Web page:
I am unable to understand why the derivative of : $$y = \sin^{-1}(2x\sqrt {1-x^2}), {-1\over\sqrt{2}}<x<{1\over\sqrt{2}} $$

is: $$ 2\over\sqrt {1-x^2} $$

and why it cannot be / is not : $$ -2\over\sqrt {1-x^2} $$

well, if we take $x$ as $\cos\theta$ and proceed...

$$ y = \sin^{-1}(2 \cos\theta\sqrt {1-\cos^2\theta}) $$

$$ \Rightarrow y =\sin^{-1}(2\sin\theta \cos\theta) $$

$$ \Rightarrow y = \sin^{-1}(\sin2\theta)$$

$$ \Rightarrow y = 2\theta $$

$$ \Rightarrow y = 2\cos^{-1}x $$

the derivative comes out to be: $$ -2\over\sqrt {1-x^2} $$

Now, at first, I thought that it's due to the domain inequality ${-1\over\sqrt{2}}<x<{1\over\sqrt{2}}$ (if we take the $\cos^{-1}$ of this inequality, we get an absurd solution. $({3\pi \over 4} < \cos^{-1}x < {\pi \over 4})$.

Certainly, ${3\pi \over 4} < {\pi \over 4}$ is False. So I thought this was the reason why we cant take $x$ as $\cos\theta$. ( we take $x$ as $\sin\theta$ and get the right answer $2\over\sqrt {1-x^2}$

Then, the next question was to find the derivative of:

$$ y = \sec^{-1}{1 \over (2x^2 - 1)} , 0<x<{1\over\sqrt{2}} $$

Here taking $x$ as $\cos\theta$ gives the absurdity again, BUT gives the answer too... So, after all, what is the correct way to solve these problems?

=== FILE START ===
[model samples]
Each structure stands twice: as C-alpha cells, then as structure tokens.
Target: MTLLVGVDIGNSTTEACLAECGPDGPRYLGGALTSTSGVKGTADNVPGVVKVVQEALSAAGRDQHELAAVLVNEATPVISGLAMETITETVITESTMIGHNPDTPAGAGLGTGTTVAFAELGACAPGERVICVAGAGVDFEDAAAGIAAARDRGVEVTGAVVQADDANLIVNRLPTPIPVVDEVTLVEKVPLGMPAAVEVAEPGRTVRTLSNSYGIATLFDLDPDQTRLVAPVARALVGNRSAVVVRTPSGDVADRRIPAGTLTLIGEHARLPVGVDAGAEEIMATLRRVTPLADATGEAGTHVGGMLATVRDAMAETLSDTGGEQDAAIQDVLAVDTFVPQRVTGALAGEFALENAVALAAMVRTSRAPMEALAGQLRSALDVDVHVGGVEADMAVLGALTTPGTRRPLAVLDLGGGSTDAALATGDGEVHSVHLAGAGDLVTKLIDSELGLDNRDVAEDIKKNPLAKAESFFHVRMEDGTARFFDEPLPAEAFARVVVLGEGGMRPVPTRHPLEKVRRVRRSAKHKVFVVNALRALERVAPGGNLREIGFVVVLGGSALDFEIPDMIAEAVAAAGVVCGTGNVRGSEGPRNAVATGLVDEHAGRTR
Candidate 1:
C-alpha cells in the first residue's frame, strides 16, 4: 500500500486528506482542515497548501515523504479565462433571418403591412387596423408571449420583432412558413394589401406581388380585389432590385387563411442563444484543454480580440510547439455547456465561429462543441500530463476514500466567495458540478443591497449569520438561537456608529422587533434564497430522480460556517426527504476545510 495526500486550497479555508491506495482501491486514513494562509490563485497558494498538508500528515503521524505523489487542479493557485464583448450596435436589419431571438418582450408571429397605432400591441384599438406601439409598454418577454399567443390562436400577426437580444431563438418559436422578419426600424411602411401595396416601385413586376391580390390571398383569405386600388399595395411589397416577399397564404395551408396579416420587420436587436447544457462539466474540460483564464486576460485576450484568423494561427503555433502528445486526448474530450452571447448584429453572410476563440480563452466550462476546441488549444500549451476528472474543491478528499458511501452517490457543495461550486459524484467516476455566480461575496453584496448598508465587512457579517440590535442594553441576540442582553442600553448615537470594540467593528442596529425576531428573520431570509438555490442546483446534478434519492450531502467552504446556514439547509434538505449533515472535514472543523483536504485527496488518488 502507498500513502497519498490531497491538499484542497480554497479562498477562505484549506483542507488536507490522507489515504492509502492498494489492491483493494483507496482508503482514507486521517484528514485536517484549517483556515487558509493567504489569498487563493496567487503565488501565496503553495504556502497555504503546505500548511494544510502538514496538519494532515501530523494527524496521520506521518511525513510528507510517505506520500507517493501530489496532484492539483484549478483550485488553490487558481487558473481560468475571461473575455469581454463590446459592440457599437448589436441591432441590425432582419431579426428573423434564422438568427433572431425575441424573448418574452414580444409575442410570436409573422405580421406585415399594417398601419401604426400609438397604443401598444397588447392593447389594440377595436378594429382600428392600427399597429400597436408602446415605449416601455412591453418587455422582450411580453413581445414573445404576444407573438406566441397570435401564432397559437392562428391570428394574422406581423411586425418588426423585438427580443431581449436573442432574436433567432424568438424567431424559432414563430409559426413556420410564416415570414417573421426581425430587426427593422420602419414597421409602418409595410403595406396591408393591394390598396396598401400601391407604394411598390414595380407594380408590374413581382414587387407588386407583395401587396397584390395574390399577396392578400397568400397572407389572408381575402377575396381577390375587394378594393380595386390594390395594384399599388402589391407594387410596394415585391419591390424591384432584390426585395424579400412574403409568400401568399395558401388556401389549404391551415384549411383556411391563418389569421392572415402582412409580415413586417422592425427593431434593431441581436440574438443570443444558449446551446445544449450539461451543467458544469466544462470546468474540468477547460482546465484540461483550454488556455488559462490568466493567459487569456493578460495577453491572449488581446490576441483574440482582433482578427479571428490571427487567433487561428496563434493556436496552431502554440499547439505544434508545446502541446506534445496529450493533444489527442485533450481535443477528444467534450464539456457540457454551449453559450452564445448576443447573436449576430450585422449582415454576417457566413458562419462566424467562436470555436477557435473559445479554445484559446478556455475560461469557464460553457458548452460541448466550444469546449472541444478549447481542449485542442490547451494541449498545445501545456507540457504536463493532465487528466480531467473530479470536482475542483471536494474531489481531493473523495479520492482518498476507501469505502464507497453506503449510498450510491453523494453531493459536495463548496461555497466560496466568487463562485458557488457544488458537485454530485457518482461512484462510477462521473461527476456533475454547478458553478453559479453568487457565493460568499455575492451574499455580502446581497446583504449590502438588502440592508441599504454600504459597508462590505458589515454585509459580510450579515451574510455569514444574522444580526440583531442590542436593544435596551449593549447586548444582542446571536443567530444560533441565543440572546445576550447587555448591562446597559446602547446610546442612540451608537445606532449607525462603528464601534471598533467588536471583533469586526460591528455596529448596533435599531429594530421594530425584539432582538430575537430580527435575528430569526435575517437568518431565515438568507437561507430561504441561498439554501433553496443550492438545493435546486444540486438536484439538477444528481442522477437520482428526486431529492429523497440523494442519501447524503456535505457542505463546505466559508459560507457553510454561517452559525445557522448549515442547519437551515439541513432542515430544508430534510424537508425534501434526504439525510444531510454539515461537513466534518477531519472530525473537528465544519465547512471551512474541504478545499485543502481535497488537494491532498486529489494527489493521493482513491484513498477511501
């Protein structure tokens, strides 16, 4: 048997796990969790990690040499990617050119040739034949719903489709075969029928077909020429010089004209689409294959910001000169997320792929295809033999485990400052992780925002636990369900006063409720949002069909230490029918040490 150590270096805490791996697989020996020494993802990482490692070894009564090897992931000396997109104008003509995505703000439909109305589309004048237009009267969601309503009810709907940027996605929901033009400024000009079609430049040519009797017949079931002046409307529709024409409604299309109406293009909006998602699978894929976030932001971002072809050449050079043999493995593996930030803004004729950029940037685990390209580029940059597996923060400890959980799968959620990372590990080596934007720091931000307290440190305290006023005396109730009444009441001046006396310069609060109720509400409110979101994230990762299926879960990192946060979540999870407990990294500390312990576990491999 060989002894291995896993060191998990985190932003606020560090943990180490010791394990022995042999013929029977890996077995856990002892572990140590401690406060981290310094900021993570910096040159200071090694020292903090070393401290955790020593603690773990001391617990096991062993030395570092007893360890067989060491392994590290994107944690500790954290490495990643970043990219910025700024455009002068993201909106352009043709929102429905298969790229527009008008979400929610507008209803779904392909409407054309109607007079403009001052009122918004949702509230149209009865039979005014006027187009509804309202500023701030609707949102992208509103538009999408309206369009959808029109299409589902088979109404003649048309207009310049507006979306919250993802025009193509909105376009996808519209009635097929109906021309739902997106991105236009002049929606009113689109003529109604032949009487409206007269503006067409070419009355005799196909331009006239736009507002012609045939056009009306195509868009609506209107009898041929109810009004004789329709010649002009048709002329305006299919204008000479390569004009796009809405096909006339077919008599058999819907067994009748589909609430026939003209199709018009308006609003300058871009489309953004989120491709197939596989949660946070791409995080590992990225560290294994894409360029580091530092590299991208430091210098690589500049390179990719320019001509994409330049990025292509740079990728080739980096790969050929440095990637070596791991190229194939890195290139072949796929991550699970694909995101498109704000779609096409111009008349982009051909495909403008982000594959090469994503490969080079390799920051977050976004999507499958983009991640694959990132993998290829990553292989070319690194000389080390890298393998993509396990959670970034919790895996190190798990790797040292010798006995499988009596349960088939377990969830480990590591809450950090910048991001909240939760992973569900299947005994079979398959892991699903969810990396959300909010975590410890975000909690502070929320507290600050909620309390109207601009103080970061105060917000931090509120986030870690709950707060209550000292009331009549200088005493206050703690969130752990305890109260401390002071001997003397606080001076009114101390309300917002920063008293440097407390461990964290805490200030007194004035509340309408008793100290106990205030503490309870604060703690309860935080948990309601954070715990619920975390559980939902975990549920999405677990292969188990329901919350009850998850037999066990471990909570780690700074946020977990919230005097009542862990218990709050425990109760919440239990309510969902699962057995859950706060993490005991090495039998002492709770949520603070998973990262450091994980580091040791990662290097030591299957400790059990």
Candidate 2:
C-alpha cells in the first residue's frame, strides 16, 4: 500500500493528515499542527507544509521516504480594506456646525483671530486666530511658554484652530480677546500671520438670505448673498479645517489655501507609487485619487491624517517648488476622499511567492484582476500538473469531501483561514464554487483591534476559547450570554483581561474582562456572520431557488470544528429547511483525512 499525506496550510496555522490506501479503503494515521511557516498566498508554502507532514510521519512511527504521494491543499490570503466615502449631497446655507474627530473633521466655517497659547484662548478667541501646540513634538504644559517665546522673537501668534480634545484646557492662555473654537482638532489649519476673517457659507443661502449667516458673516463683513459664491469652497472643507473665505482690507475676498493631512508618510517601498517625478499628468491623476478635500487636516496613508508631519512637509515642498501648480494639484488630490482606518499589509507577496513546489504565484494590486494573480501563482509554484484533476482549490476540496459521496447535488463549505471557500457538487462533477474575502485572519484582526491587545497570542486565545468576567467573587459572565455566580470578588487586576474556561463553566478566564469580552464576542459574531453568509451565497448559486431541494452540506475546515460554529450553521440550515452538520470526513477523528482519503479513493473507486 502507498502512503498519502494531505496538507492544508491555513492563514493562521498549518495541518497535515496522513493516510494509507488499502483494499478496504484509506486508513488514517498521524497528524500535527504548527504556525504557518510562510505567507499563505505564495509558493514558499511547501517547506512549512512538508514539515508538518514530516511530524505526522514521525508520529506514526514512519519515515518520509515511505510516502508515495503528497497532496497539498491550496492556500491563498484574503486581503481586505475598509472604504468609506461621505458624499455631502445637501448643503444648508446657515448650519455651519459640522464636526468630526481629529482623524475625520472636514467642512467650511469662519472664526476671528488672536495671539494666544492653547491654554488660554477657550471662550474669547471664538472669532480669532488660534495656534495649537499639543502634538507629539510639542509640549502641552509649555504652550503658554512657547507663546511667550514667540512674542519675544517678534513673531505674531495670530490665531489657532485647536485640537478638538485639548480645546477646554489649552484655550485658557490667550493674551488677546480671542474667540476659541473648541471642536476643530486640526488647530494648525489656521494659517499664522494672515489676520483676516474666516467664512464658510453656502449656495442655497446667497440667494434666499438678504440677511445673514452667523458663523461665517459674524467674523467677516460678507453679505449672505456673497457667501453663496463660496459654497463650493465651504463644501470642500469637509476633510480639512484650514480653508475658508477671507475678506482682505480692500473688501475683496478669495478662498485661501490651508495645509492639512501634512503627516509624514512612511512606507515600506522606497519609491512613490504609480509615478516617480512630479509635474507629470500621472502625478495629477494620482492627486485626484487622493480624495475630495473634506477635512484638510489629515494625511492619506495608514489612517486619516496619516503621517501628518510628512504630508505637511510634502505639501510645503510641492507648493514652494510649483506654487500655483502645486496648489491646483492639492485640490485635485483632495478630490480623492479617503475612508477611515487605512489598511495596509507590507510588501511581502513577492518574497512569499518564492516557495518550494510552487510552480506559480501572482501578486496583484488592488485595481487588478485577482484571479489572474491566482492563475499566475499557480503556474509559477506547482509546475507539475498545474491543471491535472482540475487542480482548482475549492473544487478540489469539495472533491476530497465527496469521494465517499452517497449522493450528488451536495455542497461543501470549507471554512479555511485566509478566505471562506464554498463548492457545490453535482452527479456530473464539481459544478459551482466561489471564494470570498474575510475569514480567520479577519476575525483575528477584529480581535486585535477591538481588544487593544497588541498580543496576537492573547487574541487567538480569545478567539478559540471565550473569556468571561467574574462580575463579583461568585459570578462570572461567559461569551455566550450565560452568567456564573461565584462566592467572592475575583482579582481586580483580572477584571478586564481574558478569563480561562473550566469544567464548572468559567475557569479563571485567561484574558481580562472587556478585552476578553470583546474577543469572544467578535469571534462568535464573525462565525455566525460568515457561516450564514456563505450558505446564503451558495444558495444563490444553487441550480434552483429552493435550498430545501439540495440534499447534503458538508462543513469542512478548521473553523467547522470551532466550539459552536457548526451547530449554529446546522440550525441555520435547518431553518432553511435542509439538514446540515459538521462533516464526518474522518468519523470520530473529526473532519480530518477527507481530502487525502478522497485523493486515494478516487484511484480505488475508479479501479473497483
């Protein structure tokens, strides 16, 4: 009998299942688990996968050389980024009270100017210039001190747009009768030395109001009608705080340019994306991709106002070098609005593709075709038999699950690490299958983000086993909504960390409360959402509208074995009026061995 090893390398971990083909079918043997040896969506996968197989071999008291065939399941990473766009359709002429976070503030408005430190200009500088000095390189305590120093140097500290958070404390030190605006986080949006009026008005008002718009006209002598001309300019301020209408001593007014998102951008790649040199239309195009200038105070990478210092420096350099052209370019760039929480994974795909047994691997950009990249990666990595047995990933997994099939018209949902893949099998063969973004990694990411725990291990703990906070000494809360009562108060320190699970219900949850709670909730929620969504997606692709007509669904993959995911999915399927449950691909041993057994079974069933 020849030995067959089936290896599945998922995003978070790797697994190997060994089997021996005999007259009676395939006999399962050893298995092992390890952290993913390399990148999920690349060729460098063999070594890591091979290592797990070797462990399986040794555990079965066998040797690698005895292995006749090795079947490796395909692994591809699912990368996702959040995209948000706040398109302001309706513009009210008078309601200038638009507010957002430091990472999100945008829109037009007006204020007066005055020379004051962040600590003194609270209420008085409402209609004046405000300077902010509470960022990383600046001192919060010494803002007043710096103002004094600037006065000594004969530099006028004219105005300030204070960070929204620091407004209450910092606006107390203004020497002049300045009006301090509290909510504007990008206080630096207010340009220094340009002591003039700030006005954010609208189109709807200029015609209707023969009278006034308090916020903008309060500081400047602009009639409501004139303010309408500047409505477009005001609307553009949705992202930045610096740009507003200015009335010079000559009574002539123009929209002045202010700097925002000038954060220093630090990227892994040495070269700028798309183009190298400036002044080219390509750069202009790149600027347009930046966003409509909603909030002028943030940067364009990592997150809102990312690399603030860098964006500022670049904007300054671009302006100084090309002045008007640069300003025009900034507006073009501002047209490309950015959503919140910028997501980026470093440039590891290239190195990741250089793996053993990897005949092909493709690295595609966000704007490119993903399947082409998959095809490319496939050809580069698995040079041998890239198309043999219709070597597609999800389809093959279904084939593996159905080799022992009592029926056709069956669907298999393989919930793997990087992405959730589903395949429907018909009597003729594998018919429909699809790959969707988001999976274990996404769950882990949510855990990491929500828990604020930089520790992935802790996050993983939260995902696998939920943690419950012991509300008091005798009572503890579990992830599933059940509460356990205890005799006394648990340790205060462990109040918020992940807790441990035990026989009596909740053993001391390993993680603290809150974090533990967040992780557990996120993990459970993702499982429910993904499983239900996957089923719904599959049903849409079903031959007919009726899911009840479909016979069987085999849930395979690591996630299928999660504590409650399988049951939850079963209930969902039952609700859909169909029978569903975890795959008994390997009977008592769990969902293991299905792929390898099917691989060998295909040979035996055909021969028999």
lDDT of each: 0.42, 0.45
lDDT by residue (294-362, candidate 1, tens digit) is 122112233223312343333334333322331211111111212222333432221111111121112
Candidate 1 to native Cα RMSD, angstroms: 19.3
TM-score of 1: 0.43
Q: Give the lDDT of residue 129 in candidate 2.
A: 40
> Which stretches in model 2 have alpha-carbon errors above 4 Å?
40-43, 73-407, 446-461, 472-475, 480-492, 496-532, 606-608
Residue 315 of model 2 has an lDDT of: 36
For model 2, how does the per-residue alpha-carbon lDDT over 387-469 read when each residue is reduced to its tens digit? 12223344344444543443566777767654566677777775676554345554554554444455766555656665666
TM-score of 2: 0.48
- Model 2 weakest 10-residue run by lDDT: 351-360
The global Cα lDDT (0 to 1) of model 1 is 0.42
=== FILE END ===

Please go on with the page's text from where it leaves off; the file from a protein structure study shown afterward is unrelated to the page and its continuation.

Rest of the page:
• $\begingroup$ math.stackexchange.com/questions/672575/… $\endgroup$ – lab bhattacharjee Jun 4 at 4:07
  • 2
    $\begingroup$ When $x=\cos\theta$, the continuous branch of $y=\sin^{-1}\sin(2\theta)$ is not $2\theta$, but $\pi-2\theta$. You can see this by trying $x=0$, so $\theta=\pi/2$ and $y=\sin^{-1}(\sin\pi)=0$. $\endgroup$ – user10354138 Jun 4 at 4:09
  • 1
    $\begingroup$ $\sqrt {1-\cos^2 \theta} = \sqrt {\sin^2 \theta} = |\sin \theta|.$ In this case $-\frac {\pi} {4} < \theta < \frac {\pi} {4}.$ In this range of $\theta,$ $\sin \theta \not\geq 0.$ Therefore $|\sin \theta| \neq \sin \theta.$ $\endgroup$ – Dbchatto67 Jun 4 at 4:10
  • $\begingroup$ Please share the details of the last absurdity $\endgroup$ – lab bhattacharjee Jun 4 at 4:20
  • $\begingroup$ @labbhattacharjee to solve the second problem, when we put x as $cos\theta$ and then take the cos inverse, we get pi < pi/4 .... $\endgroup$ – J Shelly Jun 4 at 4:36

Always keep in mind the principal values of


$-\dfrac1{\sqrt2} <x<\dfrac1{\sqrt2}$

actually implies $\dfrac{3\pi}4>\arccos x=y>\dfrac\pi4$ as $\arccos(x)$ is decreasing in $[-\dfrac\pi2,\dfrac\pi2]$


But $-\dfrac\pi2\le u=\arcsin(\sin2y)\le\dfrac\pi2$

So,$u=\pi-2y$ for the above range of $y$

  • $\begingroup$ I did not understand this... $\endgroup$ – J Shelly Jun 4 at 4:34
  • $\begingroup$ @JShelly, please pinpoint the confusion $\endgroup$ – lab bhattacharjee Jun 4 at 4:46
  • $\begingroup$ the 2nd line "actually implies...." $\endgroup$ – J Shelly Jun 4 at 5:04
  • $\begingroup$ @JShelly, If $x<\dfrac1{\sqrt2},\cos^{-1}x=\arccos(x)>\dfrac\pi4$ right? $\endgroup$ – lab bhattacharjee Jun 4 at 5:14
  • $\begingroup$ yes, you're right $\endgroup$ – J Shelly Jun 4 at 6:51

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